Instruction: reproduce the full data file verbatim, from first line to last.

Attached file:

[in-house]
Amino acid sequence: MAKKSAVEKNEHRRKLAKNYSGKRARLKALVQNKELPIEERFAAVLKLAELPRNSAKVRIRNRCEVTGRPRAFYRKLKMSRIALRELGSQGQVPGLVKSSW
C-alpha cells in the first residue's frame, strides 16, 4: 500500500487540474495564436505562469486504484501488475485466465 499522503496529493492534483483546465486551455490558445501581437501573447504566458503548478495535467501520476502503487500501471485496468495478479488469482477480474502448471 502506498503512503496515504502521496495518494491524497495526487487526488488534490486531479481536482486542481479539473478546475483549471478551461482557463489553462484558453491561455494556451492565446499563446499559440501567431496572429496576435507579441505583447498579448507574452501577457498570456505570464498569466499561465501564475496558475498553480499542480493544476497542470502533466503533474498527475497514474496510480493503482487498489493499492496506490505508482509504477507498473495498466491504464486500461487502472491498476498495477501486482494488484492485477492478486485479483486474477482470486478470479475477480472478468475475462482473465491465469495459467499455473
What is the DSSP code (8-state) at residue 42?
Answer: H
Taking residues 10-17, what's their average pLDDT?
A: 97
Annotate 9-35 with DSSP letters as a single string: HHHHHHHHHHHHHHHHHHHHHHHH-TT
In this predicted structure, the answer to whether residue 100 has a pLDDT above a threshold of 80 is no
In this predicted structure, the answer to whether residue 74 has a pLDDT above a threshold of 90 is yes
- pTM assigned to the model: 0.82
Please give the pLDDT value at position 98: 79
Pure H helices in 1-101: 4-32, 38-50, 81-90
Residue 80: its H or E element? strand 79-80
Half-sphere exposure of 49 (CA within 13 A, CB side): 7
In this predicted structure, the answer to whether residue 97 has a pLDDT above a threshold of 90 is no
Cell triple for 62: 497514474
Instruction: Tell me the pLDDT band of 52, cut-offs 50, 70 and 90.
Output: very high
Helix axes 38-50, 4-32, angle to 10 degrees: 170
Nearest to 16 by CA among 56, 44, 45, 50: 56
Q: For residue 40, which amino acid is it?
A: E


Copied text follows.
[in-house]
Amino acid sequence: MAKKSAVEKNEHRRKLAKNYSGKRARLKALVQNKELPIEERFAAVLKLAELPRNSAKVRIRNRCEVTGRPRAFYRKLKMSRIALRELGSQGQVPGLVKSSW
C-alpha cells in the first residue's frame, strides 16, 4: 500500500487540474495564436505562469486504484501488475485466465 499522503496529493492534483483546465486551455490558445501581437501573447504566458503548478495535467501520476502503487500501471485496468495478479488469482477480474502448471 502506498503512503496515504502521496495518494491524497495526487487526488488534490486531479481536482486542481479539473478546475483549471478551461482557463489553462484558453491561455494556451492565446499563446499559440501567431496572429496576435507579441505583447498579448507574452501577457498570456505570464498569466499561465501564475496558475498553480499542480493544476497542470502533466503533474498527475497514474496510480493503482487498489493499492496506490505508482509504477507498473495498466491504464486500461487502472491498476498495477501486482494488484492485477492478486485479483486474477482470486478470479475477480472478468475475462482473465491465469495459467499455473
What is the DSSP code (8-state) at residue 42?
Answer: H
Taking residues 10-17, what's their average pLDDT?
A: 97
Annotate 9-35 with DSSP letters as a single string: HHHHHHHHHHHHHHHHHHHHHHHH-TT
In this predicted structure, the answer to whether residue 100 has a pLDDT above a threshold of 80 is no
In this predicted structure, the answer to whether residue 74 has a pLDDT above a threshold of 90 is yes
- pTM assigned to the model: 0.82
Please give the pLDDT value at position 98: 79
Pure H helices in 1-101: 4-32, 38-50, 81-90
Residue 80: its H or E element? strand 79-80
Half-sphere exposure of 49 (CA within 13 A, CB side): 7
In this predicted structure, the answer to whether residue 97 has a pLDDT above a threshold of 90 is no
Cell triple for 62: 497514474
Instruction: Tell me the pLDDT band of 52, cut-offs 50, 70 and 90.
Output: very high
Helix axes 38-50, 4-32, angle to 10 degrees: 170
Nearest to 16 by CA among 56, 44, 45, 50: 56
Q: For residue 40, which amino acid is it?
A: E